Mr Gandhi’s decision to fight election from Kerala, where the Congress and the BJP have openly joined hands over the Sabarimala row, shows that the Congress is straightforward about its anti-left standpoint. By supporting the RSS’s reactionary standpoint on the Sabarimala row, the Congress had already endorsed the overwhelming Hindutva fascist ideology that has a great influence on the upper-caste Hindus of Kerala, and with the help of the reactionary IUML, SDPI, etc, the Congress is hoping to win the majority of seats in the southern state. Even the BJP’s principal enemy in Kerala is the CPI(M)-led LDF regime, as winning a majority in Kerala, or even increasing its poll tally will immensely help the BJP to motivate its cadre base ideologically and to also show the vulnerability of the parliamentary left in the last corner of India where it’s running its social-fascist shop. A defeat of the parliamentary opportunist and phoney left to the BJP’s electoral juggernaut can be projected by the Hindutva fascist camp and its flatterer lackey media houses as a defeat of “communism” to demoralise the Indian working class and peasantry fighting for a total and radical revolutionary transformation of the society.
Irrespective of what the CPI(M) or its parliamentary left allies say, the Congress or any other parliamentary party can’t build up any genuine resistance against the RSS-BJP’s Hindutva fascist juggernaut. Their secularism is fluid and opportunist; it will eventually take any shape according to the demand of the electorate or the peculiar situation of a constituency. Such parties, like the Congress, will always appease the upper-caste Hindu feudal landlords, big crony-comprador capitalists, and foreign monopoly and finance capital to win and consolidate power. They will never dislodge the parasitic feudal-comprador nexus, never fight for the rights of the minorities, the Dalits, tribal people and the marginalised sections, and, as former BJP leader Arun Shourie accuses, the Congress rule will be the BJP without a cow. Even in the economic domain, the Congress follows the same World Bank and IMF-prescribed neo-liberal economic policy to ensure that India remains the haven of foreign imperialist loot and plunder. Under the Congress’s rule, the same crony-comprador capitalists and big feudal landlords and usurers flourish, who also flourish during the reign of the BJP.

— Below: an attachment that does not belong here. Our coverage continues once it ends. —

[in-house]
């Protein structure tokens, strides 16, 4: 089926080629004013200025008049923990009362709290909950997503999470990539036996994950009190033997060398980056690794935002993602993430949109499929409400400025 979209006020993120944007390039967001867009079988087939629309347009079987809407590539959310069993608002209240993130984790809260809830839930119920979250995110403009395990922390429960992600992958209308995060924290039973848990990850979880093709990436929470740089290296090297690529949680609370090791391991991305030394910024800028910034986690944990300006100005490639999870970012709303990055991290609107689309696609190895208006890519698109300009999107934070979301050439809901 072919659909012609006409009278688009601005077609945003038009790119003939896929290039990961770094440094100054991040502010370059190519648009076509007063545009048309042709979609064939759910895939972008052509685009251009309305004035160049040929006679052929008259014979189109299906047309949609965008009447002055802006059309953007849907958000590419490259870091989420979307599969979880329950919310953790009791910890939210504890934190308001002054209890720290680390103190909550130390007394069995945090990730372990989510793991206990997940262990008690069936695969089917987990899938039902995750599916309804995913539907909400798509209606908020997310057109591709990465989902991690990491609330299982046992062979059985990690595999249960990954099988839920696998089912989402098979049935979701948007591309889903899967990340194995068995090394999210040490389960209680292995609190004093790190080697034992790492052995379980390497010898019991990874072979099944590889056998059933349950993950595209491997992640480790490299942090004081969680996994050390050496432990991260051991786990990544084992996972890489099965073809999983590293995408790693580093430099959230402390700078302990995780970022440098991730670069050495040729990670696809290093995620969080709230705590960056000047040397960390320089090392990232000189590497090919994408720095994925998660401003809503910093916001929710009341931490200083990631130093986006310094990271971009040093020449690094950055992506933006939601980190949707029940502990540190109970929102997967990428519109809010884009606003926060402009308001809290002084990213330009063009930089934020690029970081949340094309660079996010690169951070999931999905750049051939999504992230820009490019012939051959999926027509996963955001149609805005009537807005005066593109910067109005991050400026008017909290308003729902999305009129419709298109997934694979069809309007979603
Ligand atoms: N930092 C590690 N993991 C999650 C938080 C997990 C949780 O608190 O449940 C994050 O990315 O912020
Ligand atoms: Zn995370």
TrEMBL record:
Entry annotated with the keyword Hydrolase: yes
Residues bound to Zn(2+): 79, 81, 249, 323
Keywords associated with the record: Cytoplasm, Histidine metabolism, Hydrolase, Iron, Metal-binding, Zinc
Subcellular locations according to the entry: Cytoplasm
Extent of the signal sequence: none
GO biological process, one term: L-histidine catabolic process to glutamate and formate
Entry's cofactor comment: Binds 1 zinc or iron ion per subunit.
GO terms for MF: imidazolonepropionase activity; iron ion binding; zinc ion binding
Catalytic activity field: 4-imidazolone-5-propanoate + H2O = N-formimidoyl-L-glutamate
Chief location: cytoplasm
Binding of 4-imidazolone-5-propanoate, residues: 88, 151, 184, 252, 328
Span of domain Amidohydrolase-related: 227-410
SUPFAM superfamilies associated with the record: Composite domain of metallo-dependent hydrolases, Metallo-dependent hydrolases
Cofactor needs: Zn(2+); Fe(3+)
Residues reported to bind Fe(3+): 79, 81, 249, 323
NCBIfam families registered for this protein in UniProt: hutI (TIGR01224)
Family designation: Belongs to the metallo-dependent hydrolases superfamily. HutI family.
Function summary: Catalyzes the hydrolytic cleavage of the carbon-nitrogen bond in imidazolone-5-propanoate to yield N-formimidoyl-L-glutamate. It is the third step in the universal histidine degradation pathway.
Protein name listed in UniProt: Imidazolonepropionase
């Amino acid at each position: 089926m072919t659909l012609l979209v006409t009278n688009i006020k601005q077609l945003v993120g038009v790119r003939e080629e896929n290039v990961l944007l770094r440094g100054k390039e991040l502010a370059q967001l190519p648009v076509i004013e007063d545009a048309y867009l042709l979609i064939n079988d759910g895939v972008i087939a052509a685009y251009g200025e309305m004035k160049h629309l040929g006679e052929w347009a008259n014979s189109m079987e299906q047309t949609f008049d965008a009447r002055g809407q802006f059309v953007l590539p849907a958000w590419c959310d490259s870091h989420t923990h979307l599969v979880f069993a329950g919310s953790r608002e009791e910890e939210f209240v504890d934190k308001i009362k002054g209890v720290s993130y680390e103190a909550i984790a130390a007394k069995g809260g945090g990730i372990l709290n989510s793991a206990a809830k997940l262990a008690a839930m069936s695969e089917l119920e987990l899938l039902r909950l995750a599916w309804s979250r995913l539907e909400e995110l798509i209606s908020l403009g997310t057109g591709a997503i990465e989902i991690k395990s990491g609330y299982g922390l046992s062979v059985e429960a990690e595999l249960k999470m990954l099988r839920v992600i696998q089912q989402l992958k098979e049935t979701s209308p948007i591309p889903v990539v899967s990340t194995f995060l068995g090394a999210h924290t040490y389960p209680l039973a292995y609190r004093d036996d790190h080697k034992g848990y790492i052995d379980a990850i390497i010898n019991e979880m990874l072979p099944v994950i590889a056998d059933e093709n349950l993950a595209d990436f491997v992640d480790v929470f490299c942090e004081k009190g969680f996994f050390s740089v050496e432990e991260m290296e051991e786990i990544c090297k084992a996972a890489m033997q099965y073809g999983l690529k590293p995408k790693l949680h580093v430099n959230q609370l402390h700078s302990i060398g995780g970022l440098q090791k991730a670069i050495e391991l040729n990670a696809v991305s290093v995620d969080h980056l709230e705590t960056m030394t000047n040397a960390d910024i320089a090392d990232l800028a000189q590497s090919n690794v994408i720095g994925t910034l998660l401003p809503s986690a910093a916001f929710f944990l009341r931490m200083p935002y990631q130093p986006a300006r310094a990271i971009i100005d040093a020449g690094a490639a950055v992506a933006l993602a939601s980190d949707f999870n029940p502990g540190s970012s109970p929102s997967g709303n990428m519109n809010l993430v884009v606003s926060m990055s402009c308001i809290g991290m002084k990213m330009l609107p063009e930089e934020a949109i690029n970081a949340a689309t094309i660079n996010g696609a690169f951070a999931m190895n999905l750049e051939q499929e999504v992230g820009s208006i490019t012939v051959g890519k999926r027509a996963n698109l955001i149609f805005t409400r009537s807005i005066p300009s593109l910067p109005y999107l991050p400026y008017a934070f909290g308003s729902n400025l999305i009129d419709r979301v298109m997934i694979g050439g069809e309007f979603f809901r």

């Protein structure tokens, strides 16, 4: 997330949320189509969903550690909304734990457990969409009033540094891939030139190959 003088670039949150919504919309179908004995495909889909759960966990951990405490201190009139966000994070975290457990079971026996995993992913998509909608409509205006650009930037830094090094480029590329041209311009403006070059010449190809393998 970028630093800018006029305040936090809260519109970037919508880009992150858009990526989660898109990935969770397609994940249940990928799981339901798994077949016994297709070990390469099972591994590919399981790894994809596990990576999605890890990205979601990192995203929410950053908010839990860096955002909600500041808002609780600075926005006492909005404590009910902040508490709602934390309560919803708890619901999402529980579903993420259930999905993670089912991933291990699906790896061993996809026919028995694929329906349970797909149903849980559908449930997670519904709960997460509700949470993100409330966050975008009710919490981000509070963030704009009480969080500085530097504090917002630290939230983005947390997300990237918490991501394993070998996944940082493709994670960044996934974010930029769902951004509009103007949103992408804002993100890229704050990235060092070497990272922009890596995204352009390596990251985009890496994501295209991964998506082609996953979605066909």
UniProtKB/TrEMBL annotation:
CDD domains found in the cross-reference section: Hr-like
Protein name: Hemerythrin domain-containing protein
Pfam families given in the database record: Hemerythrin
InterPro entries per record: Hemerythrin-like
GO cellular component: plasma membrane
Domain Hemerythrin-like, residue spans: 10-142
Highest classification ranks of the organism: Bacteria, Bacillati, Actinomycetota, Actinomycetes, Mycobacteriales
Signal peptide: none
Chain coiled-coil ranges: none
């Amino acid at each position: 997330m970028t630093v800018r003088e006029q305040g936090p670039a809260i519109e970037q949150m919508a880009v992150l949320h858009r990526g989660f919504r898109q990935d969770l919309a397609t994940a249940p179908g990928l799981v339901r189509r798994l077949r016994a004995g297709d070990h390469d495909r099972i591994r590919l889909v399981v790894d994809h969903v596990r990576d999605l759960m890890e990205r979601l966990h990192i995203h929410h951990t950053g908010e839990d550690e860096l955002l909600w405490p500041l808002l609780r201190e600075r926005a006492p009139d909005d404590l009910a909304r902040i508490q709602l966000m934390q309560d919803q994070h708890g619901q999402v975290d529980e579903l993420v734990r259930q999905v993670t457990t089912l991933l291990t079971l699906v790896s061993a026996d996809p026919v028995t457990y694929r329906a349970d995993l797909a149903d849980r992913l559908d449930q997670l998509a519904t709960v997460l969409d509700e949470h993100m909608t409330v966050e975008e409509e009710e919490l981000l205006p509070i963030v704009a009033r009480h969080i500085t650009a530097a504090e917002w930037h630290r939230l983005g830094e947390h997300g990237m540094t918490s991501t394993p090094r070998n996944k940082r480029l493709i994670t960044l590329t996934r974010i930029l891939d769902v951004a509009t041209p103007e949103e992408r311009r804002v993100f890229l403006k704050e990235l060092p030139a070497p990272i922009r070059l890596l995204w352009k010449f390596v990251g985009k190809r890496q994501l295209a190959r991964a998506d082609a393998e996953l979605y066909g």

Even the CPI(M) and its parliamentary left allies don’t differ from the Congress in unconditionally subscribing to the neo-liberal economic doctrine. The bloody experience of the CPI(M)-led Left Front government’s brutal suppression of peasants’ agitation in Singur, Nandigram and the tribal uprising in Lalgarh, are stark reminders of this fact. Whenever and wherever the CPI(M) led parliamentary left block has got the chance to rule, it has unleashed a social-fascist tyranny and a reign of terror to suppress the masses. Occasionally, the CPI(M) and other parliamentary lefts led by it, would use Marxist jargons and clichés to hoodwink the masses, but in the core, they will remain as reactionary as the Congress or the BJP.
Today, to free themselves from the yoke of Hindutva fascist rule and its sclerotic rule, the people must rise up and unite under the banner of the progressive, revolutionary and anti-revisionist left, which wouldn’t barter their cause for power in the parliamentary setup, rather use the people’s power to bring real, revolutionary and drastic transformation in India’s socio-economic and political spheres. It’s only under the leadership of a revolutionary, farsighted and progressive left block that the toiling masses can defeat their common enemies like feudalism, big comprador and crony capitalism, and the domination of big foreign monopoly and finance capital.
In their pursuit of liberation from these enemies, the working class-led common people will find the Congress opposing them as bitterly as the BJP, and in many occasions, the CPI(M)’s opposition to such a revolutionary bandwagon will surpass the viciousness and macabre nature exemplified the official right wings. Harping hopes on either the parliamentary left or the Congress or other so-called secular-democratic parties for a rescue from the Hindutva fascist tyranny is going to cause bigger damage to the people’s cause than anything else. It’s time to build up a revolutionary left union to bring a real, effective, distinguishing and sustainable change in Indian politics. Bye bye, CPI(M). Your fight against the BJP riding Mr Gandhi’s shoulders is as much a travesty as is his fight against the BJP from Kerala’s Wayanad.